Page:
Microsoft has published a deep learning project under an open source license, MapR is expanding its free Hadoop and Spark training programs, and Gartner has fresh numbers to share about the advanced analytics market. Plus, a new study identifies a big obstacle to effective decision making. We've got all that and more in this week's big data roundup.
Let's start with Microsoft. This week, the company began offering a deep learning framework to support artificial intelligence applications, jumping on the same bandwagon as Google, Facebook, and Yahoo. Called the Computational Network Toolkit, Microsoft released the project on GitHub.
If this sounds familiar to you, it's because there are several other big companies that have contributed machine learning and advanced intelligence development efforts to open source in the last year.
[ Google is a big user of machine learning. Want to know more about its latest project? Read Google Taps Machine Learning To Make Smartphones Smarter. ]
Free Hadoop And Spark Training
Data science and big data are hot job skills these days, with more demand for these roles than there are qualified individuals to fill them. That's why a recent Glass Door report called data scientist the top job for work/life balance. With that in mind, there are plenty of people looking to gain skills in this area. And MapR, one of the big three Apache Hadoop distribution companies, is making things a little bit easier.
The company announced this week a plan to expand its free on-demand Hadoop and Spark training offerings.
So far more than 50,000 developers, analysts, and administrators have enrolled in the free MapR on-demand training program, the company said. The program offers training for developers, administrators, and data analysts, and offers certifications in the skills that it teaches. Coursework includes hands-on exercises, labs, and quizzes. Students can complete certification exams that lead to Hadoop and HBase professional designations.
This week, we also caught up with Informatica's new CEO Anil Chakravarthy, who provided us with an inside view of his company's philosophy on big data and how he planned to implement it this year and beyond. Chakravarthy said his new team is focused on helping customers extract the business value out of their big data investments.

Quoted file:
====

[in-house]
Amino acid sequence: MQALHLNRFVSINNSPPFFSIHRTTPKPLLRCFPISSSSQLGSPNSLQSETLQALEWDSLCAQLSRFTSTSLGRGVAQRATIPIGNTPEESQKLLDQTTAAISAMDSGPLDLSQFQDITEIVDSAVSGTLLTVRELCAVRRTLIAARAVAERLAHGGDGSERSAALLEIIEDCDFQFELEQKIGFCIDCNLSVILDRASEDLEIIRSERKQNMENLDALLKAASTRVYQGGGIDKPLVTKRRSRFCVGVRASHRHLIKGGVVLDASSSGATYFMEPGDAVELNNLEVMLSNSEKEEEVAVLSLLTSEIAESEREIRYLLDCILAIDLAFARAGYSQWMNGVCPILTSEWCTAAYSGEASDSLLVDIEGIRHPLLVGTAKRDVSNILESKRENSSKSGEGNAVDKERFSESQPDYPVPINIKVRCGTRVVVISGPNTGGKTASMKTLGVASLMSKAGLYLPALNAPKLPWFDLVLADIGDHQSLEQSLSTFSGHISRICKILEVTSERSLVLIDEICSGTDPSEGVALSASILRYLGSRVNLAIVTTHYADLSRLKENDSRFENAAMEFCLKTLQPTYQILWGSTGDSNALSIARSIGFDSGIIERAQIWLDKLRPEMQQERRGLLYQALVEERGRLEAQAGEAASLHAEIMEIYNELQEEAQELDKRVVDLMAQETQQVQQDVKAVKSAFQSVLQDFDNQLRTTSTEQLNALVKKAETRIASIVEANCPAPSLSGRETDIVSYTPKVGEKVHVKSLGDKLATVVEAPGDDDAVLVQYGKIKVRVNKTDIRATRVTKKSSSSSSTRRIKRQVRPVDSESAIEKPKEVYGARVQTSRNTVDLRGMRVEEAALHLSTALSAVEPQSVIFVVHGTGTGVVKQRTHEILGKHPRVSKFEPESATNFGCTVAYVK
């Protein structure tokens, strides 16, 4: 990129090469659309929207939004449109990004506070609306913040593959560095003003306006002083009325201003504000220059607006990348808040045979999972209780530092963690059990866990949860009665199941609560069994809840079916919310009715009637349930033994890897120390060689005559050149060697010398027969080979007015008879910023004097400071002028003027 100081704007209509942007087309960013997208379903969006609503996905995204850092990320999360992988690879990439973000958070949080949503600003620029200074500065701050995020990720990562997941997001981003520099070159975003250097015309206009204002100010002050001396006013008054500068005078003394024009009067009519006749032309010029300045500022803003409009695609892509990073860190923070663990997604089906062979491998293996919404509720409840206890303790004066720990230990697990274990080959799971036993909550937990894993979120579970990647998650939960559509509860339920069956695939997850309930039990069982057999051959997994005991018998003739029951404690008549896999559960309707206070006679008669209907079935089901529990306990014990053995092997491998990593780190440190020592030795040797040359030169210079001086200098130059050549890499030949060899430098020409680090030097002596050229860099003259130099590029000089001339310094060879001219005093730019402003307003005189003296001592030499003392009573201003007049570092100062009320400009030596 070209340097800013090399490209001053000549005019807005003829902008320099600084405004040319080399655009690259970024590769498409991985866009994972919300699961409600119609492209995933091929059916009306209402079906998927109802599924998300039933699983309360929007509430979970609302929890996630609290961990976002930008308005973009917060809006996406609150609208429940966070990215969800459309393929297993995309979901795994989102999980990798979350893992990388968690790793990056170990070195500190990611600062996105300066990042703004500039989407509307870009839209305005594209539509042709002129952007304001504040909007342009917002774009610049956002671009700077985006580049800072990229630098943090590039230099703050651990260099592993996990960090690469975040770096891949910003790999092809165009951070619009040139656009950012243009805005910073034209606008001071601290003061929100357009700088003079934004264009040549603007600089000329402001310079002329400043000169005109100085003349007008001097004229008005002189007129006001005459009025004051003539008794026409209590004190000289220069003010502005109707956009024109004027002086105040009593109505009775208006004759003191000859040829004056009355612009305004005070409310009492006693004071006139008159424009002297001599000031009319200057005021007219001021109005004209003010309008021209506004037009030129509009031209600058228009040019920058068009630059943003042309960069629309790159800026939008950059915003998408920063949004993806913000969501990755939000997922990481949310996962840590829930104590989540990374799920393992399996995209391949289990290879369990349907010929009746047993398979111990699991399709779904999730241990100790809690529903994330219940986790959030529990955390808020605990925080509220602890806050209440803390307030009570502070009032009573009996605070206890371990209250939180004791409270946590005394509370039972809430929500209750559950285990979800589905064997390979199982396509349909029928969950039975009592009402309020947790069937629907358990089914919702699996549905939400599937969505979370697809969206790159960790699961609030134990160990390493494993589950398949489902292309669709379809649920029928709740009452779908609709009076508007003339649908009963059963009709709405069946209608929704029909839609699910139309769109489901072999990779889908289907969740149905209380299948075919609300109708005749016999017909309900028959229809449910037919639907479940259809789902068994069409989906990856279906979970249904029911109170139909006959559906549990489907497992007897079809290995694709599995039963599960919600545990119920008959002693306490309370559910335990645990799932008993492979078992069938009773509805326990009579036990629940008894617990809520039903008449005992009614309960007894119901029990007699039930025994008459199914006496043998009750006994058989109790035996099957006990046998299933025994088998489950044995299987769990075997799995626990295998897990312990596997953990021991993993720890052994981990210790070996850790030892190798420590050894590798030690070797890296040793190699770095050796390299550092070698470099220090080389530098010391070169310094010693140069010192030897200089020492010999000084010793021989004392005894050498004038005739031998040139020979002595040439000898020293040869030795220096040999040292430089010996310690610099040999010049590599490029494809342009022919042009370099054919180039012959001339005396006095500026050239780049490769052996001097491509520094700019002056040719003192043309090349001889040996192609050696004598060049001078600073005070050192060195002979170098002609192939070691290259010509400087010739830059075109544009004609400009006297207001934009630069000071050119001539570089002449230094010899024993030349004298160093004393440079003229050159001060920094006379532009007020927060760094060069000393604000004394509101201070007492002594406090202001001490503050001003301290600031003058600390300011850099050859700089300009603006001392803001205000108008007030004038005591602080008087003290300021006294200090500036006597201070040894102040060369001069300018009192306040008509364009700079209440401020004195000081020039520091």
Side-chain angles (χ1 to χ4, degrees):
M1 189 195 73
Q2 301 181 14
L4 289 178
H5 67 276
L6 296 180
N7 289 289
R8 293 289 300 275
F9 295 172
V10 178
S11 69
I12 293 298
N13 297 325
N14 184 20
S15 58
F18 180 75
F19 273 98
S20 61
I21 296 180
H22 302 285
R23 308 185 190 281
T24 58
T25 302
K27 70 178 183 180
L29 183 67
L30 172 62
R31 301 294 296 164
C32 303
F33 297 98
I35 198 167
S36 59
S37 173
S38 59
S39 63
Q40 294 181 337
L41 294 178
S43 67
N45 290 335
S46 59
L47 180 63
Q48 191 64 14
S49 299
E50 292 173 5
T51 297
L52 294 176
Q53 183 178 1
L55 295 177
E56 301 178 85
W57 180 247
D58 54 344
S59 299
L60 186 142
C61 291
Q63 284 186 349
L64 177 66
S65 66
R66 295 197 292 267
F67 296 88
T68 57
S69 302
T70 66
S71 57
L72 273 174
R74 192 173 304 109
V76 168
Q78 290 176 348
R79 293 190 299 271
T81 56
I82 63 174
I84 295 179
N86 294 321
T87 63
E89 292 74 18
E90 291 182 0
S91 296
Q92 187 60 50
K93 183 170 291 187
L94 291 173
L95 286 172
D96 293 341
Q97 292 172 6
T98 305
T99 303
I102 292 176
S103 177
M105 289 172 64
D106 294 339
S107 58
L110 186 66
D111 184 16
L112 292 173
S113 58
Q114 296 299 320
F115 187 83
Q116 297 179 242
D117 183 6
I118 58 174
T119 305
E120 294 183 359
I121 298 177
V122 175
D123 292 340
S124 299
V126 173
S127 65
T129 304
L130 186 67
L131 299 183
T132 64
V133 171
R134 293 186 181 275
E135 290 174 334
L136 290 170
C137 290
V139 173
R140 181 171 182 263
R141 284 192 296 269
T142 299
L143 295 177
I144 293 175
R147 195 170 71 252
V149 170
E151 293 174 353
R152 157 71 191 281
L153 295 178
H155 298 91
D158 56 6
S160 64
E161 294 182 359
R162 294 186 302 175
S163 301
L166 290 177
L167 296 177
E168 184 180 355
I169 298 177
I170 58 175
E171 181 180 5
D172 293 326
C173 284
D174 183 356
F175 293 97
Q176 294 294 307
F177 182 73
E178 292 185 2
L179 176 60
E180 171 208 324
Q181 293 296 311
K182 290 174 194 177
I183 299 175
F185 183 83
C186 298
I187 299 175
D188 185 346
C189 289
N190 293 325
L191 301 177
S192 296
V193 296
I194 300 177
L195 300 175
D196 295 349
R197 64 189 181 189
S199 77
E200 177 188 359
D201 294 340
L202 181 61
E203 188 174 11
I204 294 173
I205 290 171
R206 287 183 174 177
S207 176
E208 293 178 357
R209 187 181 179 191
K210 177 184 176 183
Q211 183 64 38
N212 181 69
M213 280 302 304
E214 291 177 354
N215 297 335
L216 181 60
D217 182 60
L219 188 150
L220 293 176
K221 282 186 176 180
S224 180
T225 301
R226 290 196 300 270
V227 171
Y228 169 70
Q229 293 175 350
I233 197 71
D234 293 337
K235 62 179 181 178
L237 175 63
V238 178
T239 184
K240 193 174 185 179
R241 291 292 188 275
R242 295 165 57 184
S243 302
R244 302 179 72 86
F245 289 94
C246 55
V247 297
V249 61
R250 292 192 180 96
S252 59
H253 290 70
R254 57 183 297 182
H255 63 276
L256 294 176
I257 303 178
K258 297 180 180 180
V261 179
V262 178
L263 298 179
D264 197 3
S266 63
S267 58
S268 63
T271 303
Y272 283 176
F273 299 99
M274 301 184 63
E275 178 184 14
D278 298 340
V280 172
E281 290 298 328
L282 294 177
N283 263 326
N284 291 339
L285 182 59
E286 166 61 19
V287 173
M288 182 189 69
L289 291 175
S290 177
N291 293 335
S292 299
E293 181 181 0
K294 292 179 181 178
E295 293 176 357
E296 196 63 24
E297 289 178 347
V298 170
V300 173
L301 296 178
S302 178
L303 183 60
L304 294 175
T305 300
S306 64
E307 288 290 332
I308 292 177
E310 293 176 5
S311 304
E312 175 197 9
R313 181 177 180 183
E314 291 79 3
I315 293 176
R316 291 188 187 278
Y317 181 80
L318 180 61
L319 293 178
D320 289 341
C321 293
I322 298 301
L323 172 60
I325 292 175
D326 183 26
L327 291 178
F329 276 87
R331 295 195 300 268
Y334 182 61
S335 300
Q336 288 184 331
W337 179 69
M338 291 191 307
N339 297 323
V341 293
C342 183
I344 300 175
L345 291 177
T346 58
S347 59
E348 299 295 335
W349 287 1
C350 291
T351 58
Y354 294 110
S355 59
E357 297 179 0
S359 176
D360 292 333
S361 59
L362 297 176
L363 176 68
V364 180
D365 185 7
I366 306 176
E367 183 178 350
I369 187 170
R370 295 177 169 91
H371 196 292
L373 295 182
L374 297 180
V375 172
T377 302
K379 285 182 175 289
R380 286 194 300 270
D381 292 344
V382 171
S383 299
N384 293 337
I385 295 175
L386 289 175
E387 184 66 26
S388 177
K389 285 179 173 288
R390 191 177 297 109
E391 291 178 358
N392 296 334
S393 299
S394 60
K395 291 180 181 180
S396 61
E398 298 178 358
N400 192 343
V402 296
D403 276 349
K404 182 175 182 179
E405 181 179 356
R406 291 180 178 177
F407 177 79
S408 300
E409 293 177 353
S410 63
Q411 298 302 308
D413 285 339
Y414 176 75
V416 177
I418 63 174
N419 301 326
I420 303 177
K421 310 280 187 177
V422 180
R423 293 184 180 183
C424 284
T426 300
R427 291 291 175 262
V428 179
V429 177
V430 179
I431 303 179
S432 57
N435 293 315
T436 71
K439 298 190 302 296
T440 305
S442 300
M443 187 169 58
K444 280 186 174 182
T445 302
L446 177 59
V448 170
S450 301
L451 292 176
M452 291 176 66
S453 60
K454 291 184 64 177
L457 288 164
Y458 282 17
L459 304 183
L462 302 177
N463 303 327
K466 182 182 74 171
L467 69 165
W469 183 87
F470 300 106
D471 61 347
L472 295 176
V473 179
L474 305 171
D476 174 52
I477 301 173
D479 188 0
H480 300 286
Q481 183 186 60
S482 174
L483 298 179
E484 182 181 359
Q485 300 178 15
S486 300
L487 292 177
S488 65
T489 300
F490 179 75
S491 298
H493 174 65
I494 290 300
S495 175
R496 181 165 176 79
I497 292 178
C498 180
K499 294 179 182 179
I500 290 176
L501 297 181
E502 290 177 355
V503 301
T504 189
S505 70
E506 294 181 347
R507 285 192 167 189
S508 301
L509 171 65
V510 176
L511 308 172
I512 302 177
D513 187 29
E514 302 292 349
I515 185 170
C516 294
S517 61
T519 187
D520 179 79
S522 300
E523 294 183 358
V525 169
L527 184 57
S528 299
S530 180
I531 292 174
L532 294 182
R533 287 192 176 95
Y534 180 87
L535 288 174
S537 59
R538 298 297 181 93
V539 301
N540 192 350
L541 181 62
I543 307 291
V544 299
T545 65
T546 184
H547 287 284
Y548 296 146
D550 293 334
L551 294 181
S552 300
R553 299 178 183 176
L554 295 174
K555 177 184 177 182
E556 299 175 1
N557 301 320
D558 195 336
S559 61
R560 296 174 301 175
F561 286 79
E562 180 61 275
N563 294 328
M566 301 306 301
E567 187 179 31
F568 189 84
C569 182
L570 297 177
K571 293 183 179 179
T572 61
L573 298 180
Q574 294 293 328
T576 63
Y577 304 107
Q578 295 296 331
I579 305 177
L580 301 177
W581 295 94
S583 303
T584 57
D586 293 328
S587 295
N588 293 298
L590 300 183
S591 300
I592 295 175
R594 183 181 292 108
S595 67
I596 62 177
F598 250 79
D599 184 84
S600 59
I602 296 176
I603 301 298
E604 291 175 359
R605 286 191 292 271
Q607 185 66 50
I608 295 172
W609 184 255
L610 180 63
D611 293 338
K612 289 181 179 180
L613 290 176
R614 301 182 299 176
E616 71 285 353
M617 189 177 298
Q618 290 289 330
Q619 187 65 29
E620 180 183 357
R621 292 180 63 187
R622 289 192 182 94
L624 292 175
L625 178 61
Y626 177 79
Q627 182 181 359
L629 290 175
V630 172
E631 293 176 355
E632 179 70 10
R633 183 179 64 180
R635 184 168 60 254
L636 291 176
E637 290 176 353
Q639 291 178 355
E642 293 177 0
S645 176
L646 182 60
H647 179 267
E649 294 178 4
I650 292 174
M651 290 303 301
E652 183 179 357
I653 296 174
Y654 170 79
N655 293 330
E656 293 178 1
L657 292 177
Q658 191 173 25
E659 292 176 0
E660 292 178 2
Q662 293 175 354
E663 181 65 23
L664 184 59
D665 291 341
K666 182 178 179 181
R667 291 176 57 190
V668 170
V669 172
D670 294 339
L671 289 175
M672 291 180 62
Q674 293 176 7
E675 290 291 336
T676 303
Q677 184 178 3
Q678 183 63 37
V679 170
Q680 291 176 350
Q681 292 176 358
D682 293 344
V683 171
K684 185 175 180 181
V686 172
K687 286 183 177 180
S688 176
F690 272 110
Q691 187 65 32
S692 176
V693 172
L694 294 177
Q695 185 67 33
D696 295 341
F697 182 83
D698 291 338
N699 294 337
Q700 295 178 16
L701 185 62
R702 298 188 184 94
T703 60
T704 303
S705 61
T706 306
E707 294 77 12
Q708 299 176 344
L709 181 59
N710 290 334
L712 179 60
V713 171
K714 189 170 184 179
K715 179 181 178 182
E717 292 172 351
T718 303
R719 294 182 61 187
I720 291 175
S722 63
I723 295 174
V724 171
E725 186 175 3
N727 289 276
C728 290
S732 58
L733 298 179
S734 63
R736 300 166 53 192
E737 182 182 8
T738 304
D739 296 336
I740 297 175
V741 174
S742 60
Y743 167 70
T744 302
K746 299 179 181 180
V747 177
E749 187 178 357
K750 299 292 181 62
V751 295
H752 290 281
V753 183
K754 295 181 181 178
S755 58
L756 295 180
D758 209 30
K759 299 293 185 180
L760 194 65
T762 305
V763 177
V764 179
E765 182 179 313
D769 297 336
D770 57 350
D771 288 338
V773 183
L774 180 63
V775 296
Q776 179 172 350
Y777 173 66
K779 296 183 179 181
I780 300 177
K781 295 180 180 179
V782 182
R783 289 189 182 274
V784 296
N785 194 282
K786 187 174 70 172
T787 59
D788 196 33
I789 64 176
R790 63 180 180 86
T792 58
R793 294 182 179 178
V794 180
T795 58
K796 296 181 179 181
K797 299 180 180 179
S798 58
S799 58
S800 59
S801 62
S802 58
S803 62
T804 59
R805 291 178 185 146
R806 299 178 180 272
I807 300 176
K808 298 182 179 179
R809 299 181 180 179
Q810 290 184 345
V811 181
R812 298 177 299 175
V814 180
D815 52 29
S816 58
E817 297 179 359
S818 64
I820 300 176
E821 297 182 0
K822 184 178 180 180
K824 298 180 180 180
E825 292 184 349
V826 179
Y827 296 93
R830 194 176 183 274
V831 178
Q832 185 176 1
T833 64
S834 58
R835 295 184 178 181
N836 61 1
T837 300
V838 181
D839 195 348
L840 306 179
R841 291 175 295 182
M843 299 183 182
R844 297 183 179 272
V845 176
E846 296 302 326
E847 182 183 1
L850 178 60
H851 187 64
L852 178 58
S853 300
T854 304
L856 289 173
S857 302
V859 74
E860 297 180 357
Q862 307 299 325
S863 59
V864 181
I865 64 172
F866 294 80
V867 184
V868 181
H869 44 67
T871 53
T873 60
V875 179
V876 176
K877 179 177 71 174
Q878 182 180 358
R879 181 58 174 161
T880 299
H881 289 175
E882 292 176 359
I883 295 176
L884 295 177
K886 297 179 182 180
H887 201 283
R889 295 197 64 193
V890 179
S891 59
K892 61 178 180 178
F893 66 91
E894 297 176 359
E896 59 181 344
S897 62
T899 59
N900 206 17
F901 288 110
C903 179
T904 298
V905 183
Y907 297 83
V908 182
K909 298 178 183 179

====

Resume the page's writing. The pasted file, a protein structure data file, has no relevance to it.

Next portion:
Advanced Analytics Growing Fast
Market research firm Gartner this week said that advanced analytics continues to be the fastest-growing segment in the business intelligence and analytics market. It's forecasting 2026 revnues of $1.5 billion for the segment, an increase of almost 14% over 2015.
More importantly, by 2018 more than half of large organizations globally will compete using advanced analytics and proprietary algorithms, and that will cause the disruption of entire industries, according to Gartner.
"Advanced analytics has already been changing entire industries for over a decade and is a key factor for how most new entrants disrupt established markets and beat their incumbents — whether selling books, renting movies, borrowing money or even building a professional sports team," said Jim Hare, research director at Gartner, in a prepared statement. "Today, with fewer regulated monopolies and the Internet eliminating geographical boundaries, more companies are starting to use statistical analysis, predictive modeling, and decision optimization to compete, instead of using traditional approaches."
Also this week, EntepriseDB, a Postgres database company, announced version 9.5 of its EDB Postgres Advanced Server, which the company said increases performance and scalability.
And VoltDB announced version 6.0 of its software, adding geospacial query support for applications that rely on location for social and commercial interaction, such as real-time ridesharing and management of IoT sensor data.
Top Decision Makers And Collaboration
Finally this week, do you find that when decisions go to the very top group of executives that they might get stuck there? You aren't alone. A new study shows that powerful people are terrible at collaborating on decision making. They can be less creative and effective than a lower-level team. Leaders offer fewer creative solutions in a group and perform better when they are working alone. And do you know what makes it even worse? They have more trouble making decisions if they have too much data.
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